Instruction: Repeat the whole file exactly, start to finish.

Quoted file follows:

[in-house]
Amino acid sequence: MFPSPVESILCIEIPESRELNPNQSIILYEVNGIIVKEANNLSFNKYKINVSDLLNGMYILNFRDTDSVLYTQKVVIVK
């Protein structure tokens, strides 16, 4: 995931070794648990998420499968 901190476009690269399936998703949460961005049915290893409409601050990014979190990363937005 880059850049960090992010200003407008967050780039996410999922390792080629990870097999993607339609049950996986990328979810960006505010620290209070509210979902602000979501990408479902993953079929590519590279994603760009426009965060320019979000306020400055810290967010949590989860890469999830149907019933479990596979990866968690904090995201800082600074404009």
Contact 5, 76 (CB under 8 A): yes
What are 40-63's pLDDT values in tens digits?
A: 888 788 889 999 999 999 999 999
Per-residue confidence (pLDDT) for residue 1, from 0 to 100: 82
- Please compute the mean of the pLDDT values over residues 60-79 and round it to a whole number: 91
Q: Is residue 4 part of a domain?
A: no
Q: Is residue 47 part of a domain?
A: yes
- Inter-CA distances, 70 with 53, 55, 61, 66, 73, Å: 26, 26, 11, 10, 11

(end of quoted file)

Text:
[in-house]
Amino acid sequence: MFPSPVESILCIEIPESRELNPNQSIILYEVNGIIVKEANNLSFNKYKINVSDLLNGMYILNFRDTDSVLYTQKVVIVK
């Protein structure tokens, strides 16, 4: 995931070794648990998420499968 901190476009690269399936998703949460961005049915290893409409601050990014979190990363937005 880059850049960090992010200003407008967050780039996410999922390792080629990870097999993607339609049950996986990328979810960006505010620290209070509210979902602000979501990408479902993953079929590519590279994603760009426009965060320019979000306020400055810290967010949590989860890469999830149907019933479990596979990866968690904090995201800082600074404009």
Contact 5, 76 (CB under 8 A): yes
What are 40-63's pLDDT values in tens digits?
A: 888 788 889 999 999 999 999 999
Per-residue confidence (pLDDT) for residue 1, from 0 to 100: 82
- Please compute the mean of the pLDDT values over residues 60-79 and round it to a whole number: 91
Q: Is residue 4 part of a domain?
A: no
Q: Is residue 47 part of a domain?
A: yes
- Inter-CA distances, 70 with 53, 55, 61, 66, 73, Å: 26, 26, 11, 10, 11